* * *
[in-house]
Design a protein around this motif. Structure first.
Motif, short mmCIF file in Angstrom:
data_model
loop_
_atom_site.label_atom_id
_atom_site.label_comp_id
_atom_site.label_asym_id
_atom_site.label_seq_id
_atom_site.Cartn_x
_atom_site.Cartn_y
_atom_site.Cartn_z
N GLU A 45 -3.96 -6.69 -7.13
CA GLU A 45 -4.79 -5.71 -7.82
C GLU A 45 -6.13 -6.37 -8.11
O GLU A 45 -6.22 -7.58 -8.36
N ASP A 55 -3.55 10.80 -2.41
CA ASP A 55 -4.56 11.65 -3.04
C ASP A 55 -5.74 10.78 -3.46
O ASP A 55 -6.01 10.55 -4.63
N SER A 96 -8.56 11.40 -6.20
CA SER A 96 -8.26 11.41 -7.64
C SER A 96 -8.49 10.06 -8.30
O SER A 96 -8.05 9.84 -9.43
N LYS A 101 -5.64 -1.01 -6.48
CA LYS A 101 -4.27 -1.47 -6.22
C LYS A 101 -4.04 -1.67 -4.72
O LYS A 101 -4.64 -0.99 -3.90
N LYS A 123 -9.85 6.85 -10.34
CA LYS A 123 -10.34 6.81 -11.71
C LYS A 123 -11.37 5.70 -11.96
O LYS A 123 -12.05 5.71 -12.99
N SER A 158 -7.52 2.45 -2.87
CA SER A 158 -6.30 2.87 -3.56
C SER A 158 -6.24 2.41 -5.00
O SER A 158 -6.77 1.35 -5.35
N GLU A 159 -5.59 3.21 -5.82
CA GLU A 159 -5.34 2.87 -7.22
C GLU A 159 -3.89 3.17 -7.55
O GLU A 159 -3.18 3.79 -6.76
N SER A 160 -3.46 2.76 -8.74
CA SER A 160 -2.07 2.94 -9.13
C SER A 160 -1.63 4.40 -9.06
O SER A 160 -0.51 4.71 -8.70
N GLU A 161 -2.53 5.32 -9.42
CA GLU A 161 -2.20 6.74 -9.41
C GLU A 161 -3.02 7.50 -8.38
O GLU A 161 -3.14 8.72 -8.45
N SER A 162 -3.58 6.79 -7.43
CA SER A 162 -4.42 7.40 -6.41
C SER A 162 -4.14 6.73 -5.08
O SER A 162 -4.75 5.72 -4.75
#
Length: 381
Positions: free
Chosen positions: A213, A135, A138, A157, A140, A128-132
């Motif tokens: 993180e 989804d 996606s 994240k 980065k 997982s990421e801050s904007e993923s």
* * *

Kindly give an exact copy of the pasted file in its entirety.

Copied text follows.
[in-house]
Design a protein around this motif. Structure first.
Motif, short mmCIF file in Angstrom:
data_model
loop_
_atom_site.label_atom_id
_atom_site.label_comp_id
_atom_site.label_asym_id
_atom_site.label_seq_id
_atom_site.Cartn_x
_atom_site.Cartn_y
_atom_site.Cartn_z
N GLU A 45 -3.96 -6.69 -7.13
CA GLU A 45 -4.79 -5.71 -7.82
C GLU A 45 -6.13 -6.37 -8.11
O GLU A 45 -6.22 -7.58 -8.36
N ASP A 55 -3.55 10.80 -2.41
CA ASP A 55 -4.56 11.65 -3.04
C ASP A 55 -5.74 10.78 -3.46
O ASP A 55 -6.01 10.55 -4.63
N SER A 96 -8.56 11.40 -6.20
CA SER A 96 -8.26 11.41 -7.64
C SER A 96 -8.49 10.06 -8.30
O SER A 96 -8.05 9.84 -9.43
N LYS A 101 -5.64 -1.01 -6.48
CA LYS A 101 -4.27 -1.47 -6.22
C LYS A 101 -4.04 -1.67 -4.72
O LYS A 101 -4.64 -0.99 -3.90
N LYS A 123 -9.85 6.85 -10.34
CA LYS A 123 -10.34 6.81 -11.71
C LYS A 123 -11.37 5.70 -11.96
O LYS A 123 -12.05 5.71 -12.99
N SER A 158 -7.52 2.45 -2.87
CA SER A 158 -6.30 2.87 -3.56
C SER A 158 -6.24 2.41 -5.00
O SER A 158 -6.77 1.35 -5.35
N GLU A 159 -5.59 3.21 -5.82
CA GLU A 159 -5.34 2.87 -7.22
C GLU A 159 -3.89 3.17 -7.55
O GLU A 159 -3.18 3.79 -6.76
N SER A 160 -3.46 2.76 -8.74
CA SER A 160 -2.07 2.94 -9.13
C SER A 160 -1.63 4.40 -9.06
O SER A 160 -0.51 4.71 -8.70
N GLU A 161 -2.53 5.32 -9.42
CA GLU A 161 -2.20 6.74 -9.41
C GLU A 161 -3.02 7.50 -8.38
O GLU A 161 -3.14 8.72 -8.45
N SER A 162 -3.58 6.79 -7.43
CA SER A 162 -4.42 7.40 -6.41
C SER A 162 -4.14 6.73 -5.08
O SER A 162 -4.75 5.72 -4.75
#
Length: 381
Positions: free
Chosen positions: A213, A135, A138, A157, A140, A128-132
């Motif tokens: 993180e 989804d 996606s 994240k 980065k 997982s990421e801050s904007e993923s």